Abbott’s wrecking action - apart from plunging the Liberal Party into a protracted and bitter civil war - could well trigger a general election, given the prominence of the putative ‘anti-emissions’ bill in Australian political life. His views on climate change, and environmentalism in general, are not too hard to discern. He has called Rudd a “toxic bore” for his pro-environmentalist noises, described those who advocate a reduction of greenhouse gas emissions as acting in the spirit of the “Salem witch-hunts” towards their critics, and informed a local newspaper that the notion of climate change was “absolute crap”.3
So Copenhagen is dead before it is born. Do communists welcome its effective demise, or agree with Tony Abbott that the idea of climate change is “absolute crap”? Most definitely not. Reactionaries like Abbott aside, potentially disastrous climate change is now an almost universally recognised danger amongst scientists. Indeed, in all probability the entire global climate system is on a knife’s edge. Only the wilfully blind or venally self-interested can maintain otherwise.
Of course, in some way the term ‘climate change’ is a misnomer. There has always been climate change - or relatively sudden and dramatic, even violent, alterations to the weather systems and their patterns. Even without a single human being on the planet. That is to say, there is nothing unusual about ‘climate change’ per se. It has never ceased, is ongoing and must therefore be regarded as inevitable - in that sense, it must be considered natural. Therefore fanciful notions of fixing in place the climate as it is now, or returning it to a pre-industrial revolution ideal through some kind of human exodus or miraculous technological-scientific invention or discovery, are both misplaced and utterly doomed to fail. Communists should not be afraid to boldly say so.
But this in no way disguises the fact that it is the historically specific world capitalist system, with its own concrete laws of motion and development, that is wreaking environmental and ecological devastation upon the planet - not an abstract and supposedly rapacious humanity torn from any real and living historical context, as implied by the misanthropic ‘deep’ Greens and eco-theocrats. Let alone individual ‘greed’ or overconsumption. Rather the finger of blame must be pointed directly at capitalism and the exploitative nature of class relations and society - for capital affords nature no value, except as an ‘asset’ to be stripped and ripped away. True manna from heaven.
Capitalism as a social system is inherently destructive and therefore incapable of ‘saving the planet’. There are no technological quick fixes. The much talked about, even lauded, ‘green taxes’ will not work, as no market solutions can substantially reverse the growth of CO2 emissions and pollution in general. That is because capitalism is an exploitative metabolism that is driven to endlessly grow and fight to overcome all barriers to such blind growth. Social spending is regarded as at best a grudging necessity and at worst criminally wasteful. Profit is the beginning and end of the system and virtually every government in the world today is committed to serving that end, including ‘communist’ China. In short, capitalism is a mode of destructive reproduction - environmentally harmful by its very nature because it generates constant growth for its own sake, not according to any rational or democratic plan.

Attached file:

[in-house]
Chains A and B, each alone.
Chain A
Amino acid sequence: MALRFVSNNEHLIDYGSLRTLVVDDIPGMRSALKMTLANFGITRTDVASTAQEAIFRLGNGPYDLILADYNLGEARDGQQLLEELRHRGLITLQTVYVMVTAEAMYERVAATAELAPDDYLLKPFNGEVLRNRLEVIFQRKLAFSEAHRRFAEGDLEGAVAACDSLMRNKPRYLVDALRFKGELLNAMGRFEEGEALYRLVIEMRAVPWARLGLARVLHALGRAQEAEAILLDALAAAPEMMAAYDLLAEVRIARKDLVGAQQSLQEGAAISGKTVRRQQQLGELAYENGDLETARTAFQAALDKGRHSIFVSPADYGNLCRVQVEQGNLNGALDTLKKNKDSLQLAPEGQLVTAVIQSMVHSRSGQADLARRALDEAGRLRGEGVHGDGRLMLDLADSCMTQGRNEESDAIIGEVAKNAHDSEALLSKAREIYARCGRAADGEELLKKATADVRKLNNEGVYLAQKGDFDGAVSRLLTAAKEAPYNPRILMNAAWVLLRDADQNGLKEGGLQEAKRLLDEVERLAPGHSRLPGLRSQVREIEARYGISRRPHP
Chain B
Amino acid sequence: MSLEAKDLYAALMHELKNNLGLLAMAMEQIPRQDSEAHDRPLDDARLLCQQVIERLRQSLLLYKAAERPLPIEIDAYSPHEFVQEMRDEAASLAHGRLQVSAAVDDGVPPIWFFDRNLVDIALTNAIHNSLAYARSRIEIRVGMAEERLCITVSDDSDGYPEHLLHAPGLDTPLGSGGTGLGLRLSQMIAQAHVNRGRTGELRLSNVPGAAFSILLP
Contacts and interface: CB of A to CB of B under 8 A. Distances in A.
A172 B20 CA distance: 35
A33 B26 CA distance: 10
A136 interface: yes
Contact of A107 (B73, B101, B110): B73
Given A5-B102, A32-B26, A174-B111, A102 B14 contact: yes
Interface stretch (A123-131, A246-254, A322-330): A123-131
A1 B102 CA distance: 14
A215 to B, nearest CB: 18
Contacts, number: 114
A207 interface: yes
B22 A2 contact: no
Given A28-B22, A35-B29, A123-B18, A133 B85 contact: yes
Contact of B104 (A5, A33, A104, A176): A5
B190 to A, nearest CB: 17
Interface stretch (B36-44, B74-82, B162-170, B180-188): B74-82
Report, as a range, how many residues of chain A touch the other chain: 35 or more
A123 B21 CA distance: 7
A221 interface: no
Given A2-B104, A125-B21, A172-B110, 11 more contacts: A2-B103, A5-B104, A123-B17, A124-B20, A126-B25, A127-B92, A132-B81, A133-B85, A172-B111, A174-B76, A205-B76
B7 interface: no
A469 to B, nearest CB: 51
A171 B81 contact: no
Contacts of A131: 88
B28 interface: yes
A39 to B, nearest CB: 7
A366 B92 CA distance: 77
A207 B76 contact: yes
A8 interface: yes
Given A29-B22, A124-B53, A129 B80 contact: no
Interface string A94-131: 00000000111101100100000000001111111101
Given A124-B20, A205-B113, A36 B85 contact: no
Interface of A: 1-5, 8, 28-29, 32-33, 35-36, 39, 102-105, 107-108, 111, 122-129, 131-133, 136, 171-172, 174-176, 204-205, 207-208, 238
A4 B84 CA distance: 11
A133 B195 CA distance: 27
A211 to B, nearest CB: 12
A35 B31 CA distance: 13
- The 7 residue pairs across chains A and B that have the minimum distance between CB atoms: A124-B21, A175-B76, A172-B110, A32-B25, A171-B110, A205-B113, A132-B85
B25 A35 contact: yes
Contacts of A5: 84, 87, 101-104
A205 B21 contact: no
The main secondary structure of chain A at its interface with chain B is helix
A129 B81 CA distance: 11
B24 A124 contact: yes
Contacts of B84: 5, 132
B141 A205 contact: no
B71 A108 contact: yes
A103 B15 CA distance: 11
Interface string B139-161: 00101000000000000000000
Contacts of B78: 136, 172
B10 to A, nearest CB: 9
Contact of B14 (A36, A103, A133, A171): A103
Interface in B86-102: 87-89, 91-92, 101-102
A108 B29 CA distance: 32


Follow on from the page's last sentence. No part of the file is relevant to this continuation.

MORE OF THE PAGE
A long time ago, Thomas Münzer, the Anabaptist leader of the German peasant revolution, pinpointed in his pamphlet against Luther the root cause of the advancing social evil in quite tangible terms, diagnosing it as the cult of universal saleability and alienation. He concluded his discourse by saying how intolerable it was “that every creature should be transformed into property: the fishes in the water, the birds of the air, the plants of the earth”.4 As we now know, this was a powerful and far-sighted identification of what was to unfold over the course of the next three centuries.
Genuine sustainable development cannot come about without the removal of the paralysing constraints of the adversarial and ‘dog eat dog’ capitalist system, with its permanent “war of all against all” (Thomas Hobbes). To be a consistent environmentalist - as opposed to a faddist or utopian - one must be a consistent anti-capitalist. We in the CPGB reject the tinkering espoused by the likes of George Monbiot, who fantasies about a ‘cuddly’ scaled-down capitalism that somehow negates its own nature and, by the equitable use of ‘carbon credits’ and suchlike, begins to roll back the decades of ecological degradation.
No, the environmental question, immediately and unavoidably, raises the question of substantive equality and the fight for socialism. For sustainability means really being in control of the vital social, economic and cultural processes, through which human beings not merely survive, but can and should also find fulfilment - in accordance with the designs which they set themselves, instead of being at the mercy of unpredictable natural forces and what the Hungarian-born Marxist, István Mészáros, terms the “quasi-natural socio-economic determinations” generated by capitalism.5
Unlike many of our Green friends, Marxists are unashamedly optimistic - not in some fatuous, Panglossian way or brainless, Soviet-type bureaucratic manner, but simply in the sense that we communists adamantly believe that humanity, through the revolutionary agency of the working class, can make a world fit to live in. Though this will certainly not be the message we hear emanating from Copenhagen, to save the planet we need a communist world - a red world. Representing the global victory of democracy, communism alone allows humanity the chance to heal the metabolic rift with nature caused by the existence of class society.